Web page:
Ah, summertime. School is out of session. Kids stay busy playing or embarking on one summer adventure or another for the first couple of weeks.
Then they hound the slop out of their mothers until school starts back for the fall term.
In some ways, summertime has not changed since my own childhood. Kids are still active bundles of energy trolling the house looking for something to do. Mothers — work at home or away — are still frazzled trying to figure out what to do with their offspring ‘til school starts back again.
The Parental Units used to talk about their summers spent — for my mother — working in the garden at her grandparents’ house, wading in the creek with her cousins, and going to The Palace Theater in Athens to watch movies all afternoon for ten cents. If they were really flush, the kids would stop by the drug store on the way home for a nickel ice cream.
We have a few photos of some of my father’s summer exploits with his buddies here in town. Billy Summerour, Robert Sims, Wallace Mayne, Bert Patrick and others prowled barefooted through the streets of Winder in search of some sort of mischief. With their daddies all working somewhere downtown, though, their escapades never got too far out of hand. If so, somebody’s belt was not far from their behinds.
My brothers used to talk about going to Family Camp in Dahlonega at Camp Glisson. Not long ago, Carol Rutledge Glass shared with me a photo of a truck full of folks from Winder headed up to Glisson for a week.
There on the front row were squatted my two eldest brothers — about six and eight years old at the time — barefooted with the legs of their dungarees rolled up ready to wade in Cane Creek Falls.
I’ve heard about Family Camp. The Heiress hosiery box holding photos from the 1950s attests to the fact I was present. I just don’t remember anything about it. That’s the worst part about being the youngest child: A lot of neat stuff went on either before I got here or before I was old enough to be aware it was happening, so I don’t share those memories my siblings and their contemporaries so vividly recall.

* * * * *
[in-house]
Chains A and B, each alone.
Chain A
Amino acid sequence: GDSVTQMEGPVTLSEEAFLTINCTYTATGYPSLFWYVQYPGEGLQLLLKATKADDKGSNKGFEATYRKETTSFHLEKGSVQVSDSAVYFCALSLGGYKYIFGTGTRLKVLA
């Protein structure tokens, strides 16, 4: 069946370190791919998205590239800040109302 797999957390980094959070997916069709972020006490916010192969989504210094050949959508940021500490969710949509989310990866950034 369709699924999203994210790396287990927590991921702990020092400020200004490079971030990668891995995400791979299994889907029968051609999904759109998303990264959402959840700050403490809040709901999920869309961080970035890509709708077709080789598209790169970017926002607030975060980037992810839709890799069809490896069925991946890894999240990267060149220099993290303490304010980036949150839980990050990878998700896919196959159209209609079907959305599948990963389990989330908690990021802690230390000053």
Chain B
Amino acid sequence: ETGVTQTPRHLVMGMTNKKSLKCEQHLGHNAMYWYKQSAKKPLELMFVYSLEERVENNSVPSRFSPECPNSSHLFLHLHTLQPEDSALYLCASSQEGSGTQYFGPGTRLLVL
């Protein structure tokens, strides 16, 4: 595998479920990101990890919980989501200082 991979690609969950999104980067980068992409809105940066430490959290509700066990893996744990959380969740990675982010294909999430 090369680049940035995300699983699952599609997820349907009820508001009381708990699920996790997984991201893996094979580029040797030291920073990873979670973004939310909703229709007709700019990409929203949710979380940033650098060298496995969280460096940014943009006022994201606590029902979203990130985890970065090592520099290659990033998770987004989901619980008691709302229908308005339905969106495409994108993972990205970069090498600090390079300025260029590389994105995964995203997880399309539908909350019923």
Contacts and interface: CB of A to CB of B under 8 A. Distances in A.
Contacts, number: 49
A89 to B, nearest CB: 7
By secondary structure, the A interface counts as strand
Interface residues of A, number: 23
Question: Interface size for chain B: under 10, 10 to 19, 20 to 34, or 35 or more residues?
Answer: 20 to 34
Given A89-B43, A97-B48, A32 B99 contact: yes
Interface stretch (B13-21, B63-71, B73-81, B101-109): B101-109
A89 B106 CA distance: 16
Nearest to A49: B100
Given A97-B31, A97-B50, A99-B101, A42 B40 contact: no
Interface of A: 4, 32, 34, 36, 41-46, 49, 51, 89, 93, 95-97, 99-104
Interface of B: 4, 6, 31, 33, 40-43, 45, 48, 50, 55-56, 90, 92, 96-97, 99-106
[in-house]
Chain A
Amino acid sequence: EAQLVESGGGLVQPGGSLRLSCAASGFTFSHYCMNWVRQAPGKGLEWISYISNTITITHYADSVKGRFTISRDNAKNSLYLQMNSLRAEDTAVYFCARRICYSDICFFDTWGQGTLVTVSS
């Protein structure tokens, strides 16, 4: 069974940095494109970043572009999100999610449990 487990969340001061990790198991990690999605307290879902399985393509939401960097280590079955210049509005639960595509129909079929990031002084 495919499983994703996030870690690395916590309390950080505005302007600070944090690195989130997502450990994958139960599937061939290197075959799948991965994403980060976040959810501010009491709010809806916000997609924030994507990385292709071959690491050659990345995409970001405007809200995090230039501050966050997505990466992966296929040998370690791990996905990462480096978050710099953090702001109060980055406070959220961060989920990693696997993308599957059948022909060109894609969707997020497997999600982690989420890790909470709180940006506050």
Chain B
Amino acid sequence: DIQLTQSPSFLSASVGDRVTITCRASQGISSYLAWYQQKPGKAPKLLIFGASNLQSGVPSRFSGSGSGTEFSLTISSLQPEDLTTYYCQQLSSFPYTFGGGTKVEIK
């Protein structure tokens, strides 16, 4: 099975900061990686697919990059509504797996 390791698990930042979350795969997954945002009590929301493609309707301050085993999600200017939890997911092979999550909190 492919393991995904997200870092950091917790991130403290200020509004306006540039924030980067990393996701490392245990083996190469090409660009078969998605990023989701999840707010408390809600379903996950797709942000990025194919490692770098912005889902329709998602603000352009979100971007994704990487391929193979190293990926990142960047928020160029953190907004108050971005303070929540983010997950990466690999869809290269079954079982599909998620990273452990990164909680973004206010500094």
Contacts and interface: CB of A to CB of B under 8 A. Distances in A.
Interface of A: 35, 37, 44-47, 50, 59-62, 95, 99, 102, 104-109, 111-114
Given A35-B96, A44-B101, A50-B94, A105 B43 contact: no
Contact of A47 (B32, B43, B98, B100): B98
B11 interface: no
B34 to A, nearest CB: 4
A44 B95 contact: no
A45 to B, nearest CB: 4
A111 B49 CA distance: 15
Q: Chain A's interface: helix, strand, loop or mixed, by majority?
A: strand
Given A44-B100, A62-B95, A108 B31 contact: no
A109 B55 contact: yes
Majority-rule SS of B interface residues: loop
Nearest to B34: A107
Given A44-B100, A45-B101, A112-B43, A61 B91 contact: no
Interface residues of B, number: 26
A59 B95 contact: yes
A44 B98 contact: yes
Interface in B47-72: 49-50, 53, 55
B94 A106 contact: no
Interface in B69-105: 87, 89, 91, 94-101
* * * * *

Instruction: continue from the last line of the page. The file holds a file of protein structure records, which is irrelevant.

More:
By the time I got to be much more than knee high to a grasshopper, the Parental Units had bitten the bullet and made the move to “the country”. I remember my folks telling us that my grandmother was most distressed that we were moving off and leaving her. It was a whole two miles but, to her, we may as well have jumped ship for Atlanta instead of Sherwood Forest off Pea Hill just north of town.
Rather than prowling Georgia Avenue and New Street, we were now exploring “the woods” and the Sims’ cotton field before tromping over to Cedar Creek. Our neighborhood bore all the earmarks of being a built-in playground what with all the houses filling up with families that had kids.
On summer mornings, our mothers might pack a car full and take us to arts and crafts at the school cafeteria. Sponsored by the recreation department, it was about the only introduction some of us had to making and painting Plaster of Paris creations.
In the afternoons, we’d go to the library for the Summer Reading Program. I have quite a collection of certificates and stars proving that I read a whole bunch of books on hot afternoons when nothing moved but the oscillating fan I was sitting under.
We consumed gallons of lemonade, tons of popsicles, and ice cold Co-Colas in real glass bottles filled to the brim with salted peanuts. We drank from the garden hose ‘cause our mothers wouldn’t let us in the house after we’d been playing outside. And we learned about frozen candy bars from the concession stand at the City pool.
Bike races down the hill, camping in the back yard, playing “Gone with the Wind” or Civil War or spending the afternoon in the sprinkler — these were the things that occupied our time in the 1960s. As soon as it got dark enough, we’d meet under the street light to catch lightnin’ bugs or launch a game of “Ain’t No Boogers out Tonight”.
My brothers played baseball out at the Lions Club. Mother and Jo Farmer would take their freshly scrubbed and pajama clad daughters to the drive-in movie so they could watch a movie in peace with their offspring bedded down in the back seat after the cartoon.
What I wouldn’t give for the chance to re-live those summers. We didn’t know how good we had it, did we?
Helen Person is a Winder resident and columnist for the Barrow Journal. You can reach her at firstname.lastname@example.org.